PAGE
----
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Edgelands are the transitional, liminal areas of space to be found on the boundaries of country and town - with the spread of urbanisation, an increasingly important facet of the twenty-first century world.[1]

Contents

HistoryEdit

The concept of Edgelands was introduced by Marion Shoard in 2002, to cover the disorganised but often fertile hinterland between planned town and over-managed country.[2] However a century and a half earlier, Victor Hugo had already highlighted the existence of what he called "bastard countryside...ugly but bizarre, made up of two different natures, which surrounds certain great cities";[3] while Richard Jeffries similarly explored the London edgeland in Nature near London (1883). Alice Coleman (Kings College London, dept geography) in 2nd Land Use Survey of Great Britain, refers to "rurban fringe". Indicating a similar landscape but with negative overtones.

Nevertheless it was only in the last decades of the twentieth century - as a distinct realm of Nature increasingly disappeared beneath the commodifying impact of globalising late capitalism[4] - that the significance of the unstructured borderlands between organised town and organised country, part man-made, part natural,[5] both for wildlife and for human exploration, came into fuller focus. Psychogeography charted the London orbital, while bombsites, canal banks and brownfield sites were documented in poetry and prose, film and photography;[6] and the borderlands as an untapped, transgressive resource became almost the object of a new cult.[7]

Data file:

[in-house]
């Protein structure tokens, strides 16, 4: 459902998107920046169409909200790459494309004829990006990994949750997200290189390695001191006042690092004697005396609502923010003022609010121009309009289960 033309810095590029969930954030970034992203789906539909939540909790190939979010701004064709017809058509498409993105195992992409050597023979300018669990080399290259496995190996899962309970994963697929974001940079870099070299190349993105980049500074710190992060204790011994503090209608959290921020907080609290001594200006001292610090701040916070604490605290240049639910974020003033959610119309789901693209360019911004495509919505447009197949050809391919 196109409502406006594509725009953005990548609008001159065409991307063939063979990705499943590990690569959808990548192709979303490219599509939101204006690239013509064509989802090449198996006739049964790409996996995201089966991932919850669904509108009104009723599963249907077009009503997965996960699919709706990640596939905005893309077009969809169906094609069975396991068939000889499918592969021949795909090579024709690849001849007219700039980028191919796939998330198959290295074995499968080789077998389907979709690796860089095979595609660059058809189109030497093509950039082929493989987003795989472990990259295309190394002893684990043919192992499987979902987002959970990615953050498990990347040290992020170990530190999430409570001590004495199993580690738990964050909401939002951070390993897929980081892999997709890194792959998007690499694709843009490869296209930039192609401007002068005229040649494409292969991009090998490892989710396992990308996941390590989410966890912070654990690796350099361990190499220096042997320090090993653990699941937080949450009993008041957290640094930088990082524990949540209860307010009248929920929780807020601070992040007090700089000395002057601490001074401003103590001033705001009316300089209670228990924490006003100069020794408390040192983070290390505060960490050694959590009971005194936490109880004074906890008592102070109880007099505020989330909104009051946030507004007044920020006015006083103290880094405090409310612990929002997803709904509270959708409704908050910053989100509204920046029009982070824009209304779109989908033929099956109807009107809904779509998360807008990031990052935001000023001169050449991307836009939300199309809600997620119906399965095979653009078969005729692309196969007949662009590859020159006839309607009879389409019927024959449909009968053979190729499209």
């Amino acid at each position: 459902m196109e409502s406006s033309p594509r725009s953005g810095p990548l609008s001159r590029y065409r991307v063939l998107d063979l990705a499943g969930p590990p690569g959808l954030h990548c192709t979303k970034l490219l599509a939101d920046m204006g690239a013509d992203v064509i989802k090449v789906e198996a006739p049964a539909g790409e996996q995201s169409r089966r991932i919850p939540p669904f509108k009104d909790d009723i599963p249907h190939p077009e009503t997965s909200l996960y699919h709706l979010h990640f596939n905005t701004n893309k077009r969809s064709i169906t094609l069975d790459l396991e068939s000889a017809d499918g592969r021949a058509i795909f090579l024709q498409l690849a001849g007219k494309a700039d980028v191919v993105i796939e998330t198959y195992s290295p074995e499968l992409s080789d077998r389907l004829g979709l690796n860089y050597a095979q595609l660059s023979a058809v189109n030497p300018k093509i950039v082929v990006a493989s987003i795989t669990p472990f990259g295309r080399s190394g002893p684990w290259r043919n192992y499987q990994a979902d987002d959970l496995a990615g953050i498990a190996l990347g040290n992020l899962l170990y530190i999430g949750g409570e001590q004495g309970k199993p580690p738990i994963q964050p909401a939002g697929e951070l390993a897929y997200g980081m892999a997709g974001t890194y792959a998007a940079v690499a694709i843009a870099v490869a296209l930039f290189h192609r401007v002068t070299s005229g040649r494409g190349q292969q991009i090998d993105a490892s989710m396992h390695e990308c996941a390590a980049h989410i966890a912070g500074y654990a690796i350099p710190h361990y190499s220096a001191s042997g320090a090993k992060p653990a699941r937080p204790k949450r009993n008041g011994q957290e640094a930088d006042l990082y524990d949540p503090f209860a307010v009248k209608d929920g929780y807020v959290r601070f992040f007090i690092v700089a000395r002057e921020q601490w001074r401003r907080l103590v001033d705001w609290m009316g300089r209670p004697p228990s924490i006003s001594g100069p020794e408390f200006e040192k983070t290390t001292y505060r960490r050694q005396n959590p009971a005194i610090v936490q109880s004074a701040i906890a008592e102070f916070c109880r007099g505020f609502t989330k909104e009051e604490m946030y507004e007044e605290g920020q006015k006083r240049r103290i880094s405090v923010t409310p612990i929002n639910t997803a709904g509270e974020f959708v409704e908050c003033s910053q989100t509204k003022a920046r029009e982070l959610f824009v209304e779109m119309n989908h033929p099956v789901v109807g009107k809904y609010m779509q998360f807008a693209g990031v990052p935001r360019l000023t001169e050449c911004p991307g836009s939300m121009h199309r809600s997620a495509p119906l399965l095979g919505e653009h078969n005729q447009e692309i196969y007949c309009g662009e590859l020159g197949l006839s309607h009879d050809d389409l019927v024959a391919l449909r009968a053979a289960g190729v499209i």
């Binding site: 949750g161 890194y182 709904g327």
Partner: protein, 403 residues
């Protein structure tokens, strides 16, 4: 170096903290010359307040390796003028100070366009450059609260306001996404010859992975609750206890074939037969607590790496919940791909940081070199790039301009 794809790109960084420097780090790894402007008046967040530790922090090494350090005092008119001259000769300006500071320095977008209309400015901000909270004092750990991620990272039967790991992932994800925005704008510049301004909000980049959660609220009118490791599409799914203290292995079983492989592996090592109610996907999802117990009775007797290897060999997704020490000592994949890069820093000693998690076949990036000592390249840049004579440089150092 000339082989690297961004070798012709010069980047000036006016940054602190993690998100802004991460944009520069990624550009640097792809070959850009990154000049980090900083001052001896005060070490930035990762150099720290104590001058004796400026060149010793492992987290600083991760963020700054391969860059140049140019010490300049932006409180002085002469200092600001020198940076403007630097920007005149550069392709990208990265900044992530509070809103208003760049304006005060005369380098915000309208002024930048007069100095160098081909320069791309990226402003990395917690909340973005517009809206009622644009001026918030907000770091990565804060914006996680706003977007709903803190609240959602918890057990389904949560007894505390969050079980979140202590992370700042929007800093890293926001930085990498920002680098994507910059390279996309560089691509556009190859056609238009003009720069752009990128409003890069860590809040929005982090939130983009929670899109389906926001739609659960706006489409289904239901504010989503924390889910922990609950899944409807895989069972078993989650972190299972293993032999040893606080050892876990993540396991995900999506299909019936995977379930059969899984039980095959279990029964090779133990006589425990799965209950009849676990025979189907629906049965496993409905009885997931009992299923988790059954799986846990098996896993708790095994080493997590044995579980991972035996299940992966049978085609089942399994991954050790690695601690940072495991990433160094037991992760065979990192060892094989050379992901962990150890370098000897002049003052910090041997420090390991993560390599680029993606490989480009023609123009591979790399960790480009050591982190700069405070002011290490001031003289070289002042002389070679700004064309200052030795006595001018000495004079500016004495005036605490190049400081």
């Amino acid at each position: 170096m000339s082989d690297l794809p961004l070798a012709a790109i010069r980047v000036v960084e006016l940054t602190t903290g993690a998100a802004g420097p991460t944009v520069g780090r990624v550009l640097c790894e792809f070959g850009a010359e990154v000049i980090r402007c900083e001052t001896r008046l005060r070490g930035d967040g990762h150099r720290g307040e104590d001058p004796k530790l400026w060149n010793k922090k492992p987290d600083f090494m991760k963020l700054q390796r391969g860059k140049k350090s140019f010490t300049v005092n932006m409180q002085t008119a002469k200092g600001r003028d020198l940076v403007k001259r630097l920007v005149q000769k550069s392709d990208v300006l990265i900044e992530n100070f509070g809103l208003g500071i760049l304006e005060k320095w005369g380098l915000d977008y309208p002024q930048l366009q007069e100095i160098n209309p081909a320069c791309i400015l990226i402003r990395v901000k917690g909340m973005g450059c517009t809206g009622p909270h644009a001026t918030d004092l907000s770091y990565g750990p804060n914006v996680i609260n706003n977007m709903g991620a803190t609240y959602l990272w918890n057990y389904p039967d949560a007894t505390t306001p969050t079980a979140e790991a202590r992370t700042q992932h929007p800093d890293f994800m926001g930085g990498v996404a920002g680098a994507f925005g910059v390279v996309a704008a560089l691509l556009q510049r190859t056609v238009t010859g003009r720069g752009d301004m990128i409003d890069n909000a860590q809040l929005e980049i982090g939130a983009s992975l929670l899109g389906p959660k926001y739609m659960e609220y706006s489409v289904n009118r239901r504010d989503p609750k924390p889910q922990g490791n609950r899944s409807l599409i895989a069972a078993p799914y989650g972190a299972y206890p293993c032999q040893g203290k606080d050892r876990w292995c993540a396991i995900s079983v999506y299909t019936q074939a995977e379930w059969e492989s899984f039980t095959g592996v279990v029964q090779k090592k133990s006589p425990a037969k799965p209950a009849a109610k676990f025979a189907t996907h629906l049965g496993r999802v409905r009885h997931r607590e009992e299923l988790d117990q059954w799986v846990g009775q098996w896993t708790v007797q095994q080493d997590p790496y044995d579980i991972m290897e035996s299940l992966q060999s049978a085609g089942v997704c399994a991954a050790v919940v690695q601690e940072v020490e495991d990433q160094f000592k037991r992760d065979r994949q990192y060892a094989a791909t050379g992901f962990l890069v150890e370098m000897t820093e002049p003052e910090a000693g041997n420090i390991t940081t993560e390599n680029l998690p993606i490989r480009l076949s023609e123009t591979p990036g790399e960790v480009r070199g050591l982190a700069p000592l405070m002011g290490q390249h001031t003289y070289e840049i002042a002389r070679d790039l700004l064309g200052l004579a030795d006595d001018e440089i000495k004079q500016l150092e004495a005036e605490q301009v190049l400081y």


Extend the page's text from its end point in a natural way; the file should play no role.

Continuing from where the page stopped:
See alsoEdit

ReferencesEdit

  1. ^ Andrew Walker - 2002 Aspects of Lincoln: Discovering Local History - Page 134 1473836131 "AN 'EDGE-LAND': THE DEVELOPMENT OF THE WITHAM VALLEY EAST OF CANWICK ROAD by Dennis Mills THE TERM 'EDGE-LAND' has been coined recently for the concept of a neglected area on the fringe of a city. Frequently such ..."
  2. ^ Our beautiful edgelands
  3. ^ Quoted in Robert Macfarlane, Landmarks (2015) p. 231
  4. ^ Frederic Jameson, The Jameson Reader (2002) p. 251
  5. ^ M. Pratt, My Wild Northumbria (2015) p. 176 and 208
  6. ^ Robert Macfarlane, Landmarks (2015) p. 232
  7. ^ T. Fry, Design in the Borderlands (2014) p. 159

Further readingEdit

External linksEdit